• Respecting confidentially of information and not using it for personal gain;
  • Making full disclosure of a personal interest to their employer.
Other points refer to helping and training subordinates, ensuring their safety and well –being, honouring contracts to customers and suppler, ensuring correct information is produced, not tolerating any corrupt practices, and finally to setting up a disciplinary structure to implement the code.

Wednesday, 9 July 2014

Administration being part of Management

Administration is sometimes used to refer to the activities of the higher level of the management group who determine major aims and policies. This can be called the broader use of the term which is often used in government departments. It is also used in the narrower sense, of controlling the day-to-day running of the enterprise.

An administrator can also be a manager, this occurs when the administrator is concerned with implementing policy in dealings with employees to whom responsibilities have been delegated.

Defines of administration is the part of the management process concerned with the institution and carrying out of procedures by which the programmed is laid down and communicated, and the progress of activities is regulated and checked against targets and plans.

Management has even more meanings than administration. Management can mean:
  • A process by which scarce resources are combined to achieve given ends. This describes and activity which can be better described by the word managing;
  • The management referring to those people carrying out the activity. This should really be the managers;
  • The body of knowledge about the activity of managing, regarded here as a special field of study, i.e. a profession

Of these three, the first is preferable, management referring to the process of management.

A useful approach is to consider management to be a process whereby a suitable environment is created for effort to be organized to accomplish desired goals.

Management can define as:
A social process entailing responsibility for the effective and economical planning and regulation of the operations of an enterprise, in fulfilment of a given purpose or tasks, such responsibility involving:
  • Judgement and decision in determining plans, and the development of data procedures to assist control of performance and progress against plans; and
  • The guidance, integration, motivation and supervision of the personnel composing the enterprise and carrying out its operations.
It can be seen from the above that the process as a whole is called management – administration being part of it.

The term top management usually refers to management above departmental level and is loosely applied to directors.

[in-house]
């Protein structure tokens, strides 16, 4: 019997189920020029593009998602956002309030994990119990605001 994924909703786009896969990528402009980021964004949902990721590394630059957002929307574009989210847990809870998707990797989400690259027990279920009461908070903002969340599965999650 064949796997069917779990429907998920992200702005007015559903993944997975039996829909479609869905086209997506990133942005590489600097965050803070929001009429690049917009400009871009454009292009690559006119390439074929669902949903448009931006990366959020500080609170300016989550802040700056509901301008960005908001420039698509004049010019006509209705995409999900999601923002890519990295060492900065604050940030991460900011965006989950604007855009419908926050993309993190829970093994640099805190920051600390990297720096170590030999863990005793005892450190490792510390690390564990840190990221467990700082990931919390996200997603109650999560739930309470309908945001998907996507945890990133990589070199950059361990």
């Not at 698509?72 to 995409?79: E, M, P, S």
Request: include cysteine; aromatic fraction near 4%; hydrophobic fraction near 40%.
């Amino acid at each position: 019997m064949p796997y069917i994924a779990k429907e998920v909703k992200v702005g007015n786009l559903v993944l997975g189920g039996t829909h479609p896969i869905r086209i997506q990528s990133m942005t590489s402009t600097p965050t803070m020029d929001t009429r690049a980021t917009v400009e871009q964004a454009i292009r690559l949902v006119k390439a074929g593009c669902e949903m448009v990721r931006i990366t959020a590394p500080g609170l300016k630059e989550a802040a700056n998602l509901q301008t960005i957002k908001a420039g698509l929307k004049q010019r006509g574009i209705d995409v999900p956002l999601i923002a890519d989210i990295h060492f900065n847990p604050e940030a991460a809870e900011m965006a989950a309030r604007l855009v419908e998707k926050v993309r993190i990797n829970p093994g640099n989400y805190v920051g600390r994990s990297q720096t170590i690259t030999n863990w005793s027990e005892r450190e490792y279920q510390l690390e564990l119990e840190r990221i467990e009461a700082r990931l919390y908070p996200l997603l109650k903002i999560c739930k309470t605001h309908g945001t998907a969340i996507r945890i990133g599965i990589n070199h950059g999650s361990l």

The word executive is correctly used when referring to a person who carried out policy. The phrase top executive is used for people of a high status, who is fact do no executive work at all, as they spend their time formulating policy. They are of course responsible for executive action done under their jurisdiction. Where words are associated with status rather than function, precision is impossible.

The concept of Management

There have been many attempts to describe the contents of the “job” of management. It has been considered to be a separate activity from the technical functions of production, marketing and finance. Various economists separated it from other factors of production (land, labour and capital). The other economists also agreed with the idea that management was a separate entity, being concerned with innovation as well as administration.

In recent years, management deals with a number of variable that are dependent upon each other. These variables will surely increase as companies grow more complex and it will then become more difficult to trace the side-effect of a change in dealing with a specific are of management responsibility.

There are many problems to be solved. Some people try to solve them by considering changes in the structure of organizations and the locations of authority and responsibility. Others hope to do it by improving the quality of decisions by new technological ideas and the use of modern methods of data processing. Yet another group expects to solve the same problem by concentrating on human relations

The vital point to be considered is that the structural, technological and human aspects cannot be separated as they all interact. For example, if a firm changes from a functional to a product grouping, problems of interpersonal relations occur. This may in turn affect the techniques of control (i.e. new financial systems may be needed). A knowledge of the above fact should enable a manager to understand that it may not be easy to find a simple answer to a problem but, by acknowledging this fact and using available knowledge wisely, answers can be much more accurate and effective.

The development of any science needs a conceptual framework of theory and principle. Principles of management have existed for a long time, but an acceptable framework to encompass them was needed.  A management principle distils and organizes knowledge that has been built up through experience and analysis. Management is far from being an exact science at present but, by understanding and applying accepted principles, the quality of management will never become wholly an exact science as personal judgment will always be needed to supplement available knowledge, therefore, as practice, management will always be an art.